Compost in the kitchen cabinets
Text and photo: Lars Lund
I find my Thai neighbour Sar very interesting, especially because she brings a lot of new to the garden culture. A few years back I made a video with her on YouTube, in which she shows how to propagate roses. The video is quite popular and has more than 40.000 views. Even though she no longer lives in Thailand, but in the cold Denmark, she still manages to go against the traditional rules of cultivation – and she is always successful. For example, she does not mind propagating roses in November.
Her latest idea is to make compost from kitchen waste. That may be old news, but her method is new. My neighbour uses a big paint bucket as a container. She then pours 1 kg (2,2 pounds) of cane sugar in 3 litres (105,5fl oz) of water and then boils it so it dissolves. Sugar is good for the bacteria which decompose the green waste. Then the sugar mixture is cooled and poured into a bucket. Lastly, all the green waste are put in the bucket with a lid on top. She regularly stirs it, and the green waste are gradually dissolved while using all the nutrients from the vegetables. In the end the liquid will have a yellowish and beige colour that has a sour smell. After three to four weeks, she will get a glass of the liquid and mix it with 1 litre of water. This is the finished product. And what is most important, according to her husband, is that the fertiliser is free.
Another simple method I have seen is to use a plastic box. Pour a bit of sawdust in the box followed by a thin layer of soil. The bacteria in the soil will process the green waste, and little by little you put the green kitchen waste in. The decomposition process will create a great amount of fluids, for which you can add more sawdust. A few months later, you will have usable compost soil.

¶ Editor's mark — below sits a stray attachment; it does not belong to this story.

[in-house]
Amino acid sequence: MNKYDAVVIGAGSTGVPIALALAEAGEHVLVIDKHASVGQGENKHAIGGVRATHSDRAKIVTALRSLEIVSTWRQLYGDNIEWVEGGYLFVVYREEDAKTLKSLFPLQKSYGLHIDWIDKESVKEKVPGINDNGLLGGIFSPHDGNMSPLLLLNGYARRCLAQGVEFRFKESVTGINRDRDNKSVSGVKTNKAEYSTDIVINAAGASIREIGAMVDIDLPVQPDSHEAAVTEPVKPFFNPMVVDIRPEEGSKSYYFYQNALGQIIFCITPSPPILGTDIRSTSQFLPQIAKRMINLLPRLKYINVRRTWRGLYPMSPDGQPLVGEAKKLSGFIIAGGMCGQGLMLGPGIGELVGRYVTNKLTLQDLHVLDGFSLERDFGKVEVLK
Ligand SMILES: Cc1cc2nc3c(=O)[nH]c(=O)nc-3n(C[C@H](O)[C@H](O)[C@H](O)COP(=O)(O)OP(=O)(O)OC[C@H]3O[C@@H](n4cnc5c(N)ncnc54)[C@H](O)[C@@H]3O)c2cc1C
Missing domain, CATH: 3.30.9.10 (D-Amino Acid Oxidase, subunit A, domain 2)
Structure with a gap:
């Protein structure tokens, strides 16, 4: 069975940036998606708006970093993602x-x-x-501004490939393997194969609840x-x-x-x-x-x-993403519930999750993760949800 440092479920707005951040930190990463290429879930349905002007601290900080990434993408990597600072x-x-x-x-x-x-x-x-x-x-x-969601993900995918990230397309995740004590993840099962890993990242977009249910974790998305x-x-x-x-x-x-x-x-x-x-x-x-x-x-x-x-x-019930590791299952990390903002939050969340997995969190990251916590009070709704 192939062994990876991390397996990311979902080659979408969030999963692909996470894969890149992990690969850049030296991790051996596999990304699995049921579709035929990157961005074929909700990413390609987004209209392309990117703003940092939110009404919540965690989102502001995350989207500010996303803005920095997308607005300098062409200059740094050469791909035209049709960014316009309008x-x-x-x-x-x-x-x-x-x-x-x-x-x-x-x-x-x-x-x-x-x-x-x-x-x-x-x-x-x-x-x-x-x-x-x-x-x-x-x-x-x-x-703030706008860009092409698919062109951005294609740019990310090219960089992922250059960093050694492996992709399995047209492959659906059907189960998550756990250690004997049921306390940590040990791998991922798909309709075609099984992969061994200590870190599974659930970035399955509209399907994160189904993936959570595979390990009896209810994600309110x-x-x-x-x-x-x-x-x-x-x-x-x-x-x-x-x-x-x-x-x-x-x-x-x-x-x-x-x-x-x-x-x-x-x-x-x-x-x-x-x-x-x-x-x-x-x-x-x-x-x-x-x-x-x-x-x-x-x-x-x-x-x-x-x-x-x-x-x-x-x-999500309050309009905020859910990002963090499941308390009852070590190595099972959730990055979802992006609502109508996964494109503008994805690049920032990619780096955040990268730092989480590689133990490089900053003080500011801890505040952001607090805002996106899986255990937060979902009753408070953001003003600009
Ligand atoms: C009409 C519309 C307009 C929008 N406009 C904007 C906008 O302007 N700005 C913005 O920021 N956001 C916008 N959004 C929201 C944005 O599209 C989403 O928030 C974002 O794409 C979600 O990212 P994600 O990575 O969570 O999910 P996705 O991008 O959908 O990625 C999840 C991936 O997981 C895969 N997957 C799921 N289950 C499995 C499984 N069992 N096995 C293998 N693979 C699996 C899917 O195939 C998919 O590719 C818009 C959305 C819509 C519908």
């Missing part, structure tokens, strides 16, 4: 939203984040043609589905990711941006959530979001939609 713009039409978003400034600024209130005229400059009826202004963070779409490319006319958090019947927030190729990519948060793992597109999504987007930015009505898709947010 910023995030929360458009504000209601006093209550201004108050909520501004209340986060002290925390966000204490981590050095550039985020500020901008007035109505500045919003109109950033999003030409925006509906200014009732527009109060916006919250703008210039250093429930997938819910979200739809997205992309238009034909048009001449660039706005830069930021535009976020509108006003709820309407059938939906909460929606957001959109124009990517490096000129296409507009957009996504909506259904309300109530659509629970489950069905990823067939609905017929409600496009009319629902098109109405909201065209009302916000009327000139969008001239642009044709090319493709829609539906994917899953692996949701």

The third method is a method called Bokashi. It is a Japanese method where you add a small sprinkle of bokashi bran to the kitchen waste. Five to six weeks later it will have turned into soil. You can find bokashi composting solutions in online stores.
Om Lars Lund
Danish horticulturist and journalist
Lars Lund has for many years engaged in the garden and greenhouse. Lars has published many books about greenhouses, and he has participated in many Danish horticultural TV shows. He is a walking garden encyclopaedia, and he has answers for most basic cultivation questions – also the more ambitious ones.
- Current blog posts
- Three tips for the greenhouse
- For the plants to grow it takes fertilizer but which one?
- Sterile soil is not good for the plants
- Greenhouse plants also get sick
- Hens in the garden
- Provide shade for your plants
- The philosophical gardener’s theory of perennials
- Create good living conditions for animals and insects in the garden
- The golf courses great secret
- What you need to be aware of when growing in plastic